The theory of Sexual Selection is that some organisms are better equipped to survive because they have adapted traits that make them better able to attract a mate, and this differs slightly from the theory of natural selection because traits based on sexual selection may not be the fittest for their environment. However, attracting a mate ensures the genes are passed to the following generation, which may not be an intentional choice but, rather, a characteristic of natural selection as females that chose particular mates and had surviving offspring passed down the attraction to that trait.

Evolutionary Personality Theory, also developed by Darwin, builds on the two above theories to determine how personality traits are derived and then selected. The evolutionary psychology perspective on human personality is innate (offspring are born with it) and biological. Like other traits, personality has evolved in human evolution due to genetics - shaped and selected for by the environment. Individuals' behavioral traits can be considered more or less fit depending on the social environment. Traits that enable individuals to fit into a particular niche will be passed on.

Evolutionary Perspective Definition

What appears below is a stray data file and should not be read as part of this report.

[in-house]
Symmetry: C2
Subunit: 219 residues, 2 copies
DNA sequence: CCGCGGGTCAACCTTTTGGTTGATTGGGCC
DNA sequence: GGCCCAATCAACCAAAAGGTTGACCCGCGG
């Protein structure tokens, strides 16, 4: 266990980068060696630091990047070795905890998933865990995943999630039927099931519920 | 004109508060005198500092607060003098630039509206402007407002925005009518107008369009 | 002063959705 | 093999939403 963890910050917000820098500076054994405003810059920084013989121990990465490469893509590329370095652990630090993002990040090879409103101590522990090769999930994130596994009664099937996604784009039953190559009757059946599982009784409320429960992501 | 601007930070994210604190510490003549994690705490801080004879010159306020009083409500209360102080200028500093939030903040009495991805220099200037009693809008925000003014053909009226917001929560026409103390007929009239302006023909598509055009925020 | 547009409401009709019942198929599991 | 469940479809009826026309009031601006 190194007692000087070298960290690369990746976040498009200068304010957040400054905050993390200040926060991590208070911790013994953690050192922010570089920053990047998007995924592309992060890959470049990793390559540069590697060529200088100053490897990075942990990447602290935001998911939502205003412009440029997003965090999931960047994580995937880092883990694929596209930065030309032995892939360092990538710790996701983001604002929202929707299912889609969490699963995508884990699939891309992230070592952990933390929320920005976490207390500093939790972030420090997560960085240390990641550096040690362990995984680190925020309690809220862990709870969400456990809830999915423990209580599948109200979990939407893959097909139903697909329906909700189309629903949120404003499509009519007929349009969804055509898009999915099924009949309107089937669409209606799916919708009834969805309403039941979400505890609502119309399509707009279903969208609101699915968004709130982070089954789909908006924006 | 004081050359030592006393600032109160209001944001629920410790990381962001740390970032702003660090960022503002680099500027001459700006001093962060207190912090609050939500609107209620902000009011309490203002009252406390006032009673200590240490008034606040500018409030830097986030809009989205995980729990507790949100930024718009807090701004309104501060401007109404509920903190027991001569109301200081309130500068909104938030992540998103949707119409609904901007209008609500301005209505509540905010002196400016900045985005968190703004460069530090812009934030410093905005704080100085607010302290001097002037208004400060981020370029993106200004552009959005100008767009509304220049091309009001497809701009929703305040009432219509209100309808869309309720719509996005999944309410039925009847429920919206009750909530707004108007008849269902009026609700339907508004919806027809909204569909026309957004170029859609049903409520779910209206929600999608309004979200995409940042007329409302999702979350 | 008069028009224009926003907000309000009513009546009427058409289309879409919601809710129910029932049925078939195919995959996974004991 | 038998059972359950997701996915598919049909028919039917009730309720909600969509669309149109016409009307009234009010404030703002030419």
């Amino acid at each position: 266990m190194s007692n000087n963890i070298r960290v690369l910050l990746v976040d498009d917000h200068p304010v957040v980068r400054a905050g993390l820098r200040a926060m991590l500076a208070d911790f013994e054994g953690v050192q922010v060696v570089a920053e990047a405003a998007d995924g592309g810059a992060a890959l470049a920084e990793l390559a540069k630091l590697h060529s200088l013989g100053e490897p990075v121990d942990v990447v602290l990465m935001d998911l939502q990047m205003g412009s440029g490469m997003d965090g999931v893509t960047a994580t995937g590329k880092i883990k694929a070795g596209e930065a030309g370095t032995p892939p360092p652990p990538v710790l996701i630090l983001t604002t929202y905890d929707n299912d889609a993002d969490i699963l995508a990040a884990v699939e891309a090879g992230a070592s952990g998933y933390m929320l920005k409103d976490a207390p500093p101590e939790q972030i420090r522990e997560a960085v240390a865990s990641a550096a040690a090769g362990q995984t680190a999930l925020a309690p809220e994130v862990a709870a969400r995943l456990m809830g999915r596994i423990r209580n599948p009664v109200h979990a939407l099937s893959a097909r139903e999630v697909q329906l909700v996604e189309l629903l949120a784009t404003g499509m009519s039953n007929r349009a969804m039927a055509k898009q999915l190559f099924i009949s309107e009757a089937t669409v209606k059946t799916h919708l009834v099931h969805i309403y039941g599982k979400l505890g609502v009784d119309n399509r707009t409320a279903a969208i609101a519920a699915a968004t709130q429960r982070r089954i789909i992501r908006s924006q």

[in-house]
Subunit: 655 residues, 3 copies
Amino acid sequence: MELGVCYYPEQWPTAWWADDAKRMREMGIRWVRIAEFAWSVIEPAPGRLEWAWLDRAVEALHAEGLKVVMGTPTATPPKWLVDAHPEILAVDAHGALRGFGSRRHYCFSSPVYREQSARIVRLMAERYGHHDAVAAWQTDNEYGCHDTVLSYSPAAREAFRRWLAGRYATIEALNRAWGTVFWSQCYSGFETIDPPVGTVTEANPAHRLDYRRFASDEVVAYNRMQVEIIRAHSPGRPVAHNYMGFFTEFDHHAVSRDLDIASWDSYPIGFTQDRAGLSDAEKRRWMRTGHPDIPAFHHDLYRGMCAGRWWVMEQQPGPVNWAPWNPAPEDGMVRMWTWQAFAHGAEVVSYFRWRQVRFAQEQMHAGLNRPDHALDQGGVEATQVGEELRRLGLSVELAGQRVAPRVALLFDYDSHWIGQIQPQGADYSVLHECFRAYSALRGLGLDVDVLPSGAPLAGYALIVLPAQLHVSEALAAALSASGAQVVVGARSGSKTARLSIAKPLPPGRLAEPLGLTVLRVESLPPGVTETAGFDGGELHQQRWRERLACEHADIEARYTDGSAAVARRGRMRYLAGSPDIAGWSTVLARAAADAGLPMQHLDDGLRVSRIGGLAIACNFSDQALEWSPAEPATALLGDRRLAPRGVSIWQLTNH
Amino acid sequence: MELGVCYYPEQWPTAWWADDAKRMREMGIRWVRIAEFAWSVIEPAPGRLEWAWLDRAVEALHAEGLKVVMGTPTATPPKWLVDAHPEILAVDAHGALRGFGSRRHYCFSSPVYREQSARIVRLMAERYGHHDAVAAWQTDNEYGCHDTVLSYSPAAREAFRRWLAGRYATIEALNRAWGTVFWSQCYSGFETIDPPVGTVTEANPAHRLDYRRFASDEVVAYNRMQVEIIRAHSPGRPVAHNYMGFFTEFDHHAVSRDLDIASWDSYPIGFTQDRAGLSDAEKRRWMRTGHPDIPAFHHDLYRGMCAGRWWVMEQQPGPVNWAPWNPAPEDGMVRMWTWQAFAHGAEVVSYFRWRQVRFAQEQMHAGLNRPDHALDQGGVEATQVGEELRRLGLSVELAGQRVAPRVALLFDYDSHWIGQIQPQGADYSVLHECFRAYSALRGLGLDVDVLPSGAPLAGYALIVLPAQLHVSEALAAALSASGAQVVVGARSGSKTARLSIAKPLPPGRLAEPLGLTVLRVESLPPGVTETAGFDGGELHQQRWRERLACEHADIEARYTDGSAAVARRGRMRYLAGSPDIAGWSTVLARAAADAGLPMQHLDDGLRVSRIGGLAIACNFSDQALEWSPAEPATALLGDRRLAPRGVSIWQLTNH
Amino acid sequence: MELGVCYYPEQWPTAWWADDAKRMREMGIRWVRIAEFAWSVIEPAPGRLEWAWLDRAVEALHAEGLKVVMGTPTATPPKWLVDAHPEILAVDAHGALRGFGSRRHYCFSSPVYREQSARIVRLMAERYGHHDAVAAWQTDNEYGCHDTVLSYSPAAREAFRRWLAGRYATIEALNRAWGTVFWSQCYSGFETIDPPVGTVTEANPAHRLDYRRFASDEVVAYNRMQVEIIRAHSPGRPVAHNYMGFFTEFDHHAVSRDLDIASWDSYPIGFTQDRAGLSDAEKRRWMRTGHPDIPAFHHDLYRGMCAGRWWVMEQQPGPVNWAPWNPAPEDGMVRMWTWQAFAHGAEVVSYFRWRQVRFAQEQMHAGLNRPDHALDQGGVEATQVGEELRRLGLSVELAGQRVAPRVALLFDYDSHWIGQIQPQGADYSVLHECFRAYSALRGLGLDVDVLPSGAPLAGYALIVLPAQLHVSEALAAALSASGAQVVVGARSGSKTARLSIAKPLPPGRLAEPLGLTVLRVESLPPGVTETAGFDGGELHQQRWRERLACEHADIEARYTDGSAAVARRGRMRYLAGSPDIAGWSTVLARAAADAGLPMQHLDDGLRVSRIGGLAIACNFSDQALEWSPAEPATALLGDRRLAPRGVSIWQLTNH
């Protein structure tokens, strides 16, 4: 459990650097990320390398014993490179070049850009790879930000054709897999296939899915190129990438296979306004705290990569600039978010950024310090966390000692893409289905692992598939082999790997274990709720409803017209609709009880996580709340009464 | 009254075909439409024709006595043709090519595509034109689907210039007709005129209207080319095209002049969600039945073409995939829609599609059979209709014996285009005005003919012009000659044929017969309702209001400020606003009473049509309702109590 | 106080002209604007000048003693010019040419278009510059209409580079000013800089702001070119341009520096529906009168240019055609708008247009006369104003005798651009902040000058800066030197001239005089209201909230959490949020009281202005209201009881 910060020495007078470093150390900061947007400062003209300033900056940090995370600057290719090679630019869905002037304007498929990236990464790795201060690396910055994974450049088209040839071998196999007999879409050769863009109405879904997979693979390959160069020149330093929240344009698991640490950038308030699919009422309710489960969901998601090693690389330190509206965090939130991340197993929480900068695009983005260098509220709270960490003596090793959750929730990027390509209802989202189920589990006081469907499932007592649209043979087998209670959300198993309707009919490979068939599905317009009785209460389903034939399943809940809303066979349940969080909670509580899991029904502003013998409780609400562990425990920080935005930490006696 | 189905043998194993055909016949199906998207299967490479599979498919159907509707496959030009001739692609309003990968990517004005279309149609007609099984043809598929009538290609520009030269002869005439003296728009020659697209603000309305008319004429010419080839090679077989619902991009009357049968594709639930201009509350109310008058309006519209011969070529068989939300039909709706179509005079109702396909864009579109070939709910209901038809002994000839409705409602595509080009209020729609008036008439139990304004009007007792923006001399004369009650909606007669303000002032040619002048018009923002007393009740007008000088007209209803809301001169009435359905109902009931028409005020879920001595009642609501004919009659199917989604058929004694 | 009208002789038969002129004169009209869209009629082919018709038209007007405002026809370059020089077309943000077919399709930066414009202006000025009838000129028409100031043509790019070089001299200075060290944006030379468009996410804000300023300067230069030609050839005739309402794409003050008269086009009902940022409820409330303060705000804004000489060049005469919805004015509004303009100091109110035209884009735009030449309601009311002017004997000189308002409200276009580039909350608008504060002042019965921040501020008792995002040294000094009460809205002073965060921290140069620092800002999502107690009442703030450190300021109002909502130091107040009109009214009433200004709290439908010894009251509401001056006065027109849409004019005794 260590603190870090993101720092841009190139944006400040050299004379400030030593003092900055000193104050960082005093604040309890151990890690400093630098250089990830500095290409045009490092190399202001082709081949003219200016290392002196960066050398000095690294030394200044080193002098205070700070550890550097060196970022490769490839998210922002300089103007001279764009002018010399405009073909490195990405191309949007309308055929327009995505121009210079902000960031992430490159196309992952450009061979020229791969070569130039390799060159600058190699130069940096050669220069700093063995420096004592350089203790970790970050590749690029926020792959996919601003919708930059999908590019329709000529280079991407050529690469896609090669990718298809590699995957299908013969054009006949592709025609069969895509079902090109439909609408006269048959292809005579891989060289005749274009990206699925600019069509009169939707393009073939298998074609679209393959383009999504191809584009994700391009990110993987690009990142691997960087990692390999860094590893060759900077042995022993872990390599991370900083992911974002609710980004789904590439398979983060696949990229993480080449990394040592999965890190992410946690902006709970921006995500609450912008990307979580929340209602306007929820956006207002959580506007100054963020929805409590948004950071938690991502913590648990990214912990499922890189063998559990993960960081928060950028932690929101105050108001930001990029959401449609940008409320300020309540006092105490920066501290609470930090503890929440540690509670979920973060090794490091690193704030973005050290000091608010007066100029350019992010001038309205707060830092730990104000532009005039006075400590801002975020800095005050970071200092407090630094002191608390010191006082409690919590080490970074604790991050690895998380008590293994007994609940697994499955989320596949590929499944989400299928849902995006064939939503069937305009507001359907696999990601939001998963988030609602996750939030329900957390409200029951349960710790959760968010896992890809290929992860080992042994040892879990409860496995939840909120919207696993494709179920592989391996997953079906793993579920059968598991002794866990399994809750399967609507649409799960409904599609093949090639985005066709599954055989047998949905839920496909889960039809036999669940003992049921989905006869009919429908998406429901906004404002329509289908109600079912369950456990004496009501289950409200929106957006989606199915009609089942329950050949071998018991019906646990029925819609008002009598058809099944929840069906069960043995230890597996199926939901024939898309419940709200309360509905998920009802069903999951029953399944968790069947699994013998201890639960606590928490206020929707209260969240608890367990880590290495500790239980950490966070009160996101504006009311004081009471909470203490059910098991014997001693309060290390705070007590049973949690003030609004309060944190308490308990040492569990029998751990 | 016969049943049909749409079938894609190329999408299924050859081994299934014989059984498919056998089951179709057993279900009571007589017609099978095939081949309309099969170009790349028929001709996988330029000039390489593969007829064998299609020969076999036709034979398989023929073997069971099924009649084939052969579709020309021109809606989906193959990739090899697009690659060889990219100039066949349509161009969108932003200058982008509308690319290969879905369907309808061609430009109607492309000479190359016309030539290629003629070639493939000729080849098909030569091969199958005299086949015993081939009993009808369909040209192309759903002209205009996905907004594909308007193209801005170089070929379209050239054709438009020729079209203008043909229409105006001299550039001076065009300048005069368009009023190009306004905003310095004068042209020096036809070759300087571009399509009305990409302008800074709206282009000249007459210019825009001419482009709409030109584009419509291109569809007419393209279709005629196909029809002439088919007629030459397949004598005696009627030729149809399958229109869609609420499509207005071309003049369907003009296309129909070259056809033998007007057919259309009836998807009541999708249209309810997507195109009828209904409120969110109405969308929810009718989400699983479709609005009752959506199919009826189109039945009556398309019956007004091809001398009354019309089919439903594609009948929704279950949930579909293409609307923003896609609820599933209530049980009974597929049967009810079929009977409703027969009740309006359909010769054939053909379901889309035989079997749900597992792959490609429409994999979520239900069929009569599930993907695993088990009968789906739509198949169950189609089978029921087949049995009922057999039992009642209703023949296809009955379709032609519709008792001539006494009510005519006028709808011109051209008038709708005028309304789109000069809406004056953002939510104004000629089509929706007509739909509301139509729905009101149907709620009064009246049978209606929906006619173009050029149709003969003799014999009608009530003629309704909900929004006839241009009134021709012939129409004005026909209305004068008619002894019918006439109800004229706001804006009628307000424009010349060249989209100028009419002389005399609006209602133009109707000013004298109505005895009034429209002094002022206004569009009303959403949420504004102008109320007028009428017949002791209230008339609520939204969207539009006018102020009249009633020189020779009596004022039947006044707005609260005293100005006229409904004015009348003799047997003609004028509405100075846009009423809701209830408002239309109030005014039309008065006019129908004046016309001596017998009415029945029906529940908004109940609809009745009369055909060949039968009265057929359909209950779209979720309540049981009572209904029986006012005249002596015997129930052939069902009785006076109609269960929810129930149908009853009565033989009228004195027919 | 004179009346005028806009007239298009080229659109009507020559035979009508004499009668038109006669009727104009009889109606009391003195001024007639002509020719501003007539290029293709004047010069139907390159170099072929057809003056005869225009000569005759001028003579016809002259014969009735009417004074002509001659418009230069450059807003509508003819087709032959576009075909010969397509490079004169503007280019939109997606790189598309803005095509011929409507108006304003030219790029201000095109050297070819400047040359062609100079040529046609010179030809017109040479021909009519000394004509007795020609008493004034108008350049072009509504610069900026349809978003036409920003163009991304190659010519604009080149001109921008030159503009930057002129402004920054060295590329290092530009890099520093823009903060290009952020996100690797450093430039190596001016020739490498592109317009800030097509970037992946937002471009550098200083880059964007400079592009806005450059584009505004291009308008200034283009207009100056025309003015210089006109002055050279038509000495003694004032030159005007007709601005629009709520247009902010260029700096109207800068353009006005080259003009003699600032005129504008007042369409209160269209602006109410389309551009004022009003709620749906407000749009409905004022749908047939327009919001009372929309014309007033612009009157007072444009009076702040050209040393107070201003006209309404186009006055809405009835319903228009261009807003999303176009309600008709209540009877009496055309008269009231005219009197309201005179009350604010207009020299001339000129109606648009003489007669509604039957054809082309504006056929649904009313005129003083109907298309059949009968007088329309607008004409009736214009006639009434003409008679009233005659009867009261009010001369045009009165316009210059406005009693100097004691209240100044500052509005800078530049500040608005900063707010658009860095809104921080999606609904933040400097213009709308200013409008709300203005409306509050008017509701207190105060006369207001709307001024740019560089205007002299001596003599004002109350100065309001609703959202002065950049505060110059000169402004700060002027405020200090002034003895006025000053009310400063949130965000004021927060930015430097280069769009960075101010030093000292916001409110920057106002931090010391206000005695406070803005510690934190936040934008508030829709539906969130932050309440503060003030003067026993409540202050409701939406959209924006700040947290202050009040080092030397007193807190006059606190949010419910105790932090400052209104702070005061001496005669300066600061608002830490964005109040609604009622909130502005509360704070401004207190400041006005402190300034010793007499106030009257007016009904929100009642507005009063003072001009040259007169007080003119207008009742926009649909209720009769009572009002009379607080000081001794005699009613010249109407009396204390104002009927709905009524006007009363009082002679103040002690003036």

Evolutionary perspective, sometimes referred to as evolutionary psychology, refers to the expression of phenotypic traits that provide survival and reproductive values within an environment. These include behaviors such as fears and prejudices that help individuals survive in their environment. For example, having an inherent fear of a dangerous organism can be considered "fit" for the environment since our ancestors who had a similar fear were those that survived to reproduce. Diversity in human personality allows individuals to fit into a particular social niche. This variation ensures that the species will survive in times of change. The human ability to react and respond to changing environments and social cues has allowed us to survive and outcompete other early human species. The adaptive strategies surrounding behavior and personality are similar to physical traits. Each is helpful in a particular niche; however, unlike physical traits, behaviors do not follow purely Mendelian inheritance. In addition to vertical transfer from parents to offspring, behaviors can also be acquired from non-kin adults and peers.